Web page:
I suppose it had to come to this. Since 2003 I have considered many different potential solutions to the biblical-creationist distant-starlight problem. I presented a lecture in 2015 based on a 2003 summary of my five categories of where a solution might be found. In that list of categories I suspected that only timing convention and time dilation models had any hope of solving the problem.
By August 2015, when I gave the lecture, I had come to the conclusion that Jason Lisle’s Anisotropic Synchrony Convention (ASC) model was better than my own Carmeli-Hartnett model.
In the years leading up to 2015 I had discovered several serious inconsistencies with Carmeli’s cosmology. Besides those, there did not exist a viable 5D (space-time-velocity) version that could be used to give a robust description of the early universe on a biblical timeline.
In 2003, I pointed out that there is a problem of the light-travel time within the Milky Way galaxy with white-hole gravitational-well ESC-based time-dilation cosmologies. They cannot provide sufficient time-dilation. That problem has not been solved, though Russ Humphreys has developed a much better model since his first ones. I suspect though that his current model is somewhat ad hoc in the details to get it all to work.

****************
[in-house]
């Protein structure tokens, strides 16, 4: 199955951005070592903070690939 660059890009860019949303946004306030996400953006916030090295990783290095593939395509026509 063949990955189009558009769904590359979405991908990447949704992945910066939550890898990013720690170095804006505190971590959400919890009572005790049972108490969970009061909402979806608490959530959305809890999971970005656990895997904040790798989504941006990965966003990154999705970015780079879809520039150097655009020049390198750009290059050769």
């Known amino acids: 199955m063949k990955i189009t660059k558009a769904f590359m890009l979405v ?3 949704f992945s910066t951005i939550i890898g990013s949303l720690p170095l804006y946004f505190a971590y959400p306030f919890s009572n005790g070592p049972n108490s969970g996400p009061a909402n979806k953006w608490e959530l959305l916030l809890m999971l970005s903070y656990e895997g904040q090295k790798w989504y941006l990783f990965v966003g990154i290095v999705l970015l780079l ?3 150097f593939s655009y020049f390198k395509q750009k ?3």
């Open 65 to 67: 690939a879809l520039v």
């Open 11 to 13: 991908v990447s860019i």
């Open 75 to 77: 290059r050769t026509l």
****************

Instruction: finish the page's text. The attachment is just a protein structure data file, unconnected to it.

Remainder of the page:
On this website you’ll find articles on my use of Carmeli’s cosmology. They will all remain, but note, that I no longer have much faith in such an approach.
So that brings me up to the present. I now believe that Lisle’s ASC model is the best solution by a long shot. It works when other ESC based time-dilation models fail. For example, the problem of the effects of the Curse in the universe, can be answered with the ASC model but not with a time-dilation model. I recommend Lisle’s new book if you are interested in a simple solution that works and is consistent with the 6-thousand-year history of the Bible.
17 replies on “My current thinking on distant starlight”